Certain areas in or near downtown, such as Skid Row (which is where the Greyhound station is located), Pico-Union, Westlake, Boyle Heights, and South Central, can be dangerous regardless of the time of day and should be avoided altogether when walking if possible. If traveling in the San Fernando Valley region of the City of Los Angeles, the neighborhoods of Pacoima, Panorama City, Arleta, Van Nuys, Canoga Park, North Hills, some parts of North Hollywood, and the southern end of Northridge are also best avoided on foot.
Though cities such as Detroit, St. Louis, and Atlanta have higher reported crime rates per capita than Los Angeles, these numbers can be deceiving. L.A. statistics are skewed because the city has a humongous amount of geographic area so the safe neighborhoods such as Bel Air, Pacific Palisades, Westwood and many others balance the numbers from the extremely dangerous neighborhoods. If the South Central area of Los Angeles were counted as its own city, it would have the highest crime and murder rate of any city in America. Neighboring Compton, an independent city, currently ranks as the fourth most dangerous city in America. Luckily for Los Angeles, Compton's statistics are not counted as part of L.A.'s crime data but instead counted separately, yet the two cities border each other. As a general rule, you should exercise great caution if walking in the area roughly bounded by Interstate 10 on the north, Interstate 710 on the east, Artesia Blvd/Highway 91 on the south, and La Cienega Boulevard on the west.
Both the City of Los Angeles and the County of Los Angeles, unfortunately, have a high rate of gang violence and crime. However, gangs generally confine themselves to certain areas and should be of little concern to the typical traveler, who is unlikely to venture into such areas. Gangs will usually identify their territory with graffiti markings. While most visitors to L.A. will not visit neighborhoods where gang violence is a concern, common-sense precautions apply should you become lost and end up in a bad neighborhood: remain on high-visibility roads or freeways, avoid confrontations with groups of young men, and should a confrontation arise flee immediately. If a person who appears to be a gang member asks you where you are from, prepare to flee or to defend yourself, as that is a common gang challenge. Use common sense on freeways to avoid incidents of road rage, which accounts for tens of deaths per year.
Most homeless individuals are harmless; they will likely only ask you for money and if you refuse, will simply go on to the next person. They are most heavily concentrated near downtown, Skid Row, and Hollywood. Avoid walking along Skid Row near Downtown at any time of day or night.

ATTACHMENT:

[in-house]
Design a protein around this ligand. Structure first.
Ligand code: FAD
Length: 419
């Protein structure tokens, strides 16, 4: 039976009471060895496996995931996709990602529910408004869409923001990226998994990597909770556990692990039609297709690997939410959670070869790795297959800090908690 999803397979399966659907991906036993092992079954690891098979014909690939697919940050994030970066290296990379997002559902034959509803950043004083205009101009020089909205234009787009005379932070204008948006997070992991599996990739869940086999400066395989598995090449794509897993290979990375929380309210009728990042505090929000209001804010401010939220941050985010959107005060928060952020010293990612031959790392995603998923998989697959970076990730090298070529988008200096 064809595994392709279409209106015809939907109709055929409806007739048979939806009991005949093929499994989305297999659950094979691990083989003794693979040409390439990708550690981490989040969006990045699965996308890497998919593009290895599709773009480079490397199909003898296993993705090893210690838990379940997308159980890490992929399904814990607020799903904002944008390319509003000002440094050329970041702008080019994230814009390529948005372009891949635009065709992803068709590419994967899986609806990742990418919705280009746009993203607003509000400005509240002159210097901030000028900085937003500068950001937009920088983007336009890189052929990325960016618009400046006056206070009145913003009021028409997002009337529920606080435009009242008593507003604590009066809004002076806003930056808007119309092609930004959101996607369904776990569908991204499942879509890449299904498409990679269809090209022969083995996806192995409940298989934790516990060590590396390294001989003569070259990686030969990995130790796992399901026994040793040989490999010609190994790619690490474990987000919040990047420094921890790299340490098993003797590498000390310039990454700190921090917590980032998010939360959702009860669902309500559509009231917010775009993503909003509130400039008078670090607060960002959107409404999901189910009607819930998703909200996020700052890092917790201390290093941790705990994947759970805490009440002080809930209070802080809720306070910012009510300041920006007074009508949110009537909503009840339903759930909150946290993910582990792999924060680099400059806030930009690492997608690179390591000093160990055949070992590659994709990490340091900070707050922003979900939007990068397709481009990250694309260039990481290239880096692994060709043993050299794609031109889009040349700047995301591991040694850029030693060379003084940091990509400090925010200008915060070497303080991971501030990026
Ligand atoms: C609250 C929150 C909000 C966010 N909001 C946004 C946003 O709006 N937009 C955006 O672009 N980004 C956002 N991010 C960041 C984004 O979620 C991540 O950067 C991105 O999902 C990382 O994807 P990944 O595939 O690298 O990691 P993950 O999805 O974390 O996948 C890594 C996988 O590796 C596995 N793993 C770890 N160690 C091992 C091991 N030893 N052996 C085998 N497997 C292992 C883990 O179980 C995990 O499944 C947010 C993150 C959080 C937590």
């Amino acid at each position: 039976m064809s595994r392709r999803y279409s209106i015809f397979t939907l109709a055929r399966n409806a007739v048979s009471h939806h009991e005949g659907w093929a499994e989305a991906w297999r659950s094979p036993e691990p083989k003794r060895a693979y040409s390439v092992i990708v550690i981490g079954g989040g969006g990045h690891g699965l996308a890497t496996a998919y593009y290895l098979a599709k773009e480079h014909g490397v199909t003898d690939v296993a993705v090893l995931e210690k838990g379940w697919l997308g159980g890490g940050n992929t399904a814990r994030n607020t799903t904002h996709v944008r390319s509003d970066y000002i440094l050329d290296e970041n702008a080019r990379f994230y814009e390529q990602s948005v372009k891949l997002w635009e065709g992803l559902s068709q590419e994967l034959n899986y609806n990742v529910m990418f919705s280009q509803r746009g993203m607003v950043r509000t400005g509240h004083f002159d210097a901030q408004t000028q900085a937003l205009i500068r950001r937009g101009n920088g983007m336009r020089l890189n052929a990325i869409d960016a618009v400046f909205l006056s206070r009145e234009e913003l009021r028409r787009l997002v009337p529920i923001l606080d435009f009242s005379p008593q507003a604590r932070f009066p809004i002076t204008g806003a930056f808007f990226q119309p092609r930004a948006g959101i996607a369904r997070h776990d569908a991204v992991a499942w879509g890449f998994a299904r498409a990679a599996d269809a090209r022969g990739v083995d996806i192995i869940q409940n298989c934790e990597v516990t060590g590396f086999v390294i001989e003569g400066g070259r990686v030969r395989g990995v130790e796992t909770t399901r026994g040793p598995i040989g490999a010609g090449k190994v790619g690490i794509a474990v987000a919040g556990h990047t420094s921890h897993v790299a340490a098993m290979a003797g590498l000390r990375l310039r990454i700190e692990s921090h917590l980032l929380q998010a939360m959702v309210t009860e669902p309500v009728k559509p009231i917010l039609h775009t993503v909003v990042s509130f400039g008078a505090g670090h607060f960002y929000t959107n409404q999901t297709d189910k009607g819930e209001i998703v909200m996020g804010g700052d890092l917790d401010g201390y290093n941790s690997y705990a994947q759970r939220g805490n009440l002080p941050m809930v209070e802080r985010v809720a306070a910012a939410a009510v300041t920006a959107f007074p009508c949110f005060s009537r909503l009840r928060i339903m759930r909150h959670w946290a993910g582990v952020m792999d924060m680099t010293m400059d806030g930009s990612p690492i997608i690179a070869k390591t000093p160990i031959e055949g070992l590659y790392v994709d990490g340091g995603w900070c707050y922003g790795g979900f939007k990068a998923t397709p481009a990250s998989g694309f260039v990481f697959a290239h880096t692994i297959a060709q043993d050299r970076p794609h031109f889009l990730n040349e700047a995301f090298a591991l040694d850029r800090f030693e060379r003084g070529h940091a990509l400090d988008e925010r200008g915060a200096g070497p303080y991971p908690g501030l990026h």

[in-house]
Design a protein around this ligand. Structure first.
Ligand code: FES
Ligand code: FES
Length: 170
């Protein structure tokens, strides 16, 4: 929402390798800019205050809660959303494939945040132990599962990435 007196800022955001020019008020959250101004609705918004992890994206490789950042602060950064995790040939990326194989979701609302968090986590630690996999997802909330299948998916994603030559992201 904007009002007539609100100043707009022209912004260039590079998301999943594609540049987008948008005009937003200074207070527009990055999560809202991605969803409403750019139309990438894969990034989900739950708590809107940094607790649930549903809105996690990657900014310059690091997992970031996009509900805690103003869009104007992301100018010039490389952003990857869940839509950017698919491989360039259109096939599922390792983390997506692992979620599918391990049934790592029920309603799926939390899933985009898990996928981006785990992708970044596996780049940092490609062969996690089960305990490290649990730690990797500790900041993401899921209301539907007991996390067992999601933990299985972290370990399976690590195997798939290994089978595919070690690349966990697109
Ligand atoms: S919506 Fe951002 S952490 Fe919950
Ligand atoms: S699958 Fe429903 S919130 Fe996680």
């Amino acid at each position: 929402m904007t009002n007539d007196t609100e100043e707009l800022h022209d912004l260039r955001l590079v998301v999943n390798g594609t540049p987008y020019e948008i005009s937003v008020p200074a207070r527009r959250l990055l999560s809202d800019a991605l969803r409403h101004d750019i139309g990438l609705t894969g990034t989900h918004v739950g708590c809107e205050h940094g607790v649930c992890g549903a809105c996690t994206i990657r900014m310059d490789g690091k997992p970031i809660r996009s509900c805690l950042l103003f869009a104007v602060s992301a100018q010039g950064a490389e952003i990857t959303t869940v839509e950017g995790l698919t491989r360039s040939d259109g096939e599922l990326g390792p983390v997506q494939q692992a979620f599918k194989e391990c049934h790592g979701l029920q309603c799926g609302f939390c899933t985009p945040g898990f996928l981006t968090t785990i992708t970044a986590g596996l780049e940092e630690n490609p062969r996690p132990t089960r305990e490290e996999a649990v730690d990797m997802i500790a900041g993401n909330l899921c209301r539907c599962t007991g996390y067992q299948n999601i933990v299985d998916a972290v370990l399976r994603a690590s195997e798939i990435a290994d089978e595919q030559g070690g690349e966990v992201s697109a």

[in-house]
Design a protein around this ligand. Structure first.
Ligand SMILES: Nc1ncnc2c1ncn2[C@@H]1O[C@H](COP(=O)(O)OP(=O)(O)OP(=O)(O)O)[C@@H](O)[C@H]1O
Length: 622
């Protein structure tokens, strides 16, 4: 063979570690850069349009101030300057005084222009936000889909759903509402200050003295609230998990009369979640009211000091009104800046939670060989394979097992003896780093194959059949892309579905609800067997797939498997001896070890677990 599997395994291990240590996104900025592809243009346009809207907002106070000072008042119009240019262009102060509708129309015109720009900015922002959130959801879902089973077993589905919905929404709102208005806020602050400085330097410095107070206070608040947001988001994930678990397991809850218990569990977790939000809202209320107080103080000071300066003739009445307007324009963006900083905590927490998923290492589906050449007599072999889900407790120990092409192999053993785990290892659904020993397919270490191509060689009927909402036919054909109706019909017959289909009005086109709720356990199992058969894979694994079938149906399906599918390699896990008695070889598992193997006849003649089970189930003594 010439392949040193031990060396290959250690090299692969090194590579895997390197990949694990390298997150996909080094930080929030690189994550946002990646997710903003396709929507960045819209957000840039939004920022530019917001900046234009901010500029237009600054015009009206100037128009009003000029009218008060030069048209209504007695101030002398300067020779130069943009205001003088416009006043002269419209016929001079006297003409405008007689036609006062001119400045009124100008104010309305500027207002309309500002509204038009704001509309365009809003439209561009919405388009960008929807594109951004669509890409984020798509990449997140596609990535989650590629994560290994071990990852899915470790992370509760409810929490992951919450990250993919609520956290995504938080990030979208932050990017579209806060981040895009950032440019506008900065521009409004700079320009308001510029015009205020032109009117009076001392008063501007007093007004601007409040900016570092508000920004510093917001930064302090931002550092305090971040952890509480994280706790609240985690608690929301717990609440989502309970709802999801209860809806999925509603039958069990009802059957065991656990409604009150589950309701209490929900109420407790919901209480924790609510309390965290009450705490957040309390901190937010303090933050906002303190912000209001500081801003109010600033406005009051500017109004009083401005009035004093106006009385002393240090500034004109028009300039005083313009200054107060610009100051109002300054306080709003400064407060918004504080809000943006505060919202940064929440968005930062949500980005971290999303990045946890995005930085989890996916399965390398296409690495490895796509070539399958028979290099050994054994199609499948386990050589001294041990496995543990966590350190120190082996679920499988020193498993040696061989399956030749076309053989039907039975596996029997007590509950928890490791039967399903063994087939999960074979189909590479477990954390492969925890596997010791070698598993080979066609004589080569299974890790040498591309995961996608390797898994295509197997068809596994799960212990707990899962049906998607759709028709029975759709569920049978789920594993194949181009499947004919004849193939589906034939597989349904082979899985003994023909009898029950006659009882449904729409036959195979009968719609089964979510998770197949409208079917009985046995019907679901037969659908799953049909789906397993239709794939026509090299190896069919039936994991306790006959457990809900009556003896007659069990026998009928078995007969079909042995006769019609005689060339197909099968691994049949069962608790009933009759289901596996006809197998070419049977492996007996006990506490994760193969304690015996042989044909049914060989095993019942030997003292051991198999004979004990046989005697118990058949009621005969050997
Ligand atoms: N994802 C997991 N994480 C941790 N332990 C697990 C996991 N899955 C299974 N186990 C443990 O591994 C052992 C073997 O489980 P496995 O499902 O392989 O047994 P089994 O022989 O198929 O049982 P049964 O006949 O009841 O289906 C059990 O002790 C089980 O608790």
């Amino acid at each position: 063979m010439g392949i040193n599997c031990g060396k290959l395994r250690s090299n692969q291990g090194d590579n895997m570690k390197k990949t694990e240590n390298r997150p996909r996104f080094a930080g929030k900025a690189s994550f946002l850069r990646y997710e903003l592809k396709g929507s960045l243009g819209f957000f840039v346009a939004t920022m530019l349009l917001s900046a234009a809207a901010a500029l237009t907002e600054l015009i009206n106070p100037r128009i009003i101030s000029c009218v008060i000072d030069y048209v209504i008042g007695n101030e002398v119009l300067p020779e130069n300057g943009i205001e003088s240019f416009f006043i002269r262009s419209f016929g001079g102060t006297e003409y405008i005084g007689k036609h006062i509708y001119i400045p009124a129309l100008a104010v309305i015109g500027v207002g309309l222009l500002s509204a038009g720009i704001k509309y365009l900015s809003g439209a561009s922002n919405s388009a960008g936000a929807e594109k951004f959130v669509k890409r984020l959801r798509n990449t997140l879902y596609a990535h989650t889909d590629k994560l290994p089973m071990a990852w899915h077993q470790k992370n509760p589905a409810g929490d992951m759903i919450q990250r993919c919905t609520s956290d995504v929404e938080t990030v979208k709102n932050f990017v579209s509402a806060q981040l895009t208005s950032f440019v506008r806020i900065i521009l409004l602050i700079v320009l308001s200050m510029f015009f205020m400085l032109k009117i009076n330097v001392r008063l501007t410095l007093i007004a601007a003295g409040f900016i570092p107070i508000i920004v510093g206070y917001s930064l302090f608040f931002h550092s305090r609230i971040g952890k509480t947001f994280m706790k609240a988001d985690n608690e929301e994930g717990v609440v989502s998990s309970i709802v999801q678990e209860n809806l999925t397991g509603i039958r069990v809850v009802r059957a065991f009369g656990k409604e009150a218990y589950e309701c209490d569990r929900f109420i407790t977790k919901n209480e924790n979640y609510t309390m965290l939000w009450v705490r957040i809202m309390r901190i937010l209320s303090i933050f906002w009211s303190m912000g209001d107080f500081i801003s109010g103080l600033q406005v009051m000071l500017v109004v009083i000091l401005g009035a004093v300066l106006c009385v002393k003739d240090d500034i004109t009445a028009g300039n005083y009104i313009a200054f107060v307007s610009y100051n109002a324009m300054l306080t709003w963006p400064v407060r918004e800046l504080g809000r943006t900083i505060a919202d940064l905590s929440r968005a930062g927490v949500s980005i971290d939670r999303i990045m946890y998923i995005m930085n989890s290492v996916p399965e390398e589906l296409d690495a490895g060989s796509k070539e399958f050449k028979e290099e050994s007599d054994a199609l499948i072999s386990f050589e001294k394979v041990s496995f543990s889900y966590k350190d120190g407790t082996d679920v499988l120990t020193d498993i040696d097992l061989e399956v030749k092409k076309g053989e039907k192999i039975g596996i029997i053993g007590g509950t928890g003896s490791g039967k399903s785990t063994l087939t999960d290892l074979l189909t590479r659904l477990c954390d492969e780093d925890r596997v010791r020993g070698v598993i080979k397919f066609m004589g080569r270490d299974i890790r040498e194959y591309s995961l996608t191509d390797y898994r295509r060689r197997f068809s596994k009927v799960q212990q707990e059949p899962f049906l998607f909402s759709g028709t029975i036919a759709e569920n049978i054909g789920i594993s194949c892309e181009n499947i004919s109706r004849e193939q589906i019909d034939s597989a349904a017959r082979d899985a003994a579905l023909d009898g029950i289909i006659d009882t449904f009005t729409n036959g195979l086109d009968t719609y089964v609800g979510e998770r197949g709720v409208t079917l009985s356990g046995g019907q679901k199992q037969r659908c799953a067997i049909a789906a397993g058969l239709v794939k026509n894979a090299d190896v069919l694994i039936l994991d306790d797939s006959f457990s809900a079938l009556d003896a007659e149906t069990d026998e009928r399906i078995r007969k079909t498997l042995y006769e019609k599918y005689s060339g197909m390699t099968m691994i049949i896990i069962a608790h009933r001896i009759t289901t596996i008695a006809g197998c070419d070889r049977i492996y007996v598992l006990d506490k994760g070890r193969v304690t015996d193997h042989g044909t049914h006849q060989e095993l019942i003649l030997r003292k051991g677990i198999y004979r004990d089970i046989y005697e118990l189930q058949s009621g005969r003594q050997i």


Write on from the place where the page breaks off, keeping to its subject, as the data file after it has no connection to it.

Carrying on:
In the unlikely event of a major earthquake, duck and cover and stay where you are during the shaking, then go outside once the shaking stops. Buildings and other structures are unlikely to collapse. Your largest threats come from breaking windows and falling objects such as ceiling tiles and bookshelves. Try to get under a table, desk, or doorjam to reduce your exposure to these threats. You are more likely to be injured if you try to run during the shaking.
Los Angeles is notorious for air pollution problems. However, air quality in the city has improved dramatically in recent decades, and Los Angeles has even fallen from its Number One position on lists of the worst air in the United States due to aggressive cleanup efforts on behalf of the state and regional air quality authorities. Generally, smog is worst during summer months and is worse further inland where it is away from the ocean breezes and gets trapped by the surrounding mountains. Air pollution can also become a problem if a wildfire is burning in surrounding hills.
Note that Los Angeles air is cleanest in the winter in the first two or three days after winter rainstorms, when the storms have washed the pollution out of the air; this is how photographers obtain the smog-free pictures seen in advertisements and postcards.
Internet cafes are spread around town and most easily found in heavily touristed spots such as Hollywood Blvd and Melrose Ave. For most travelers, stopping by a local coffee shop such as Starbucks or The coffee bean should suffice. Most will either have free service for customers or require a nominal fee for usage. Many less expensive hotels and motels also offer complimentary internet access, often usable in the lobby before you check in.
There is also a growing trend for local fast food establishments and some restaurants to provide complimentary Wi-Fi.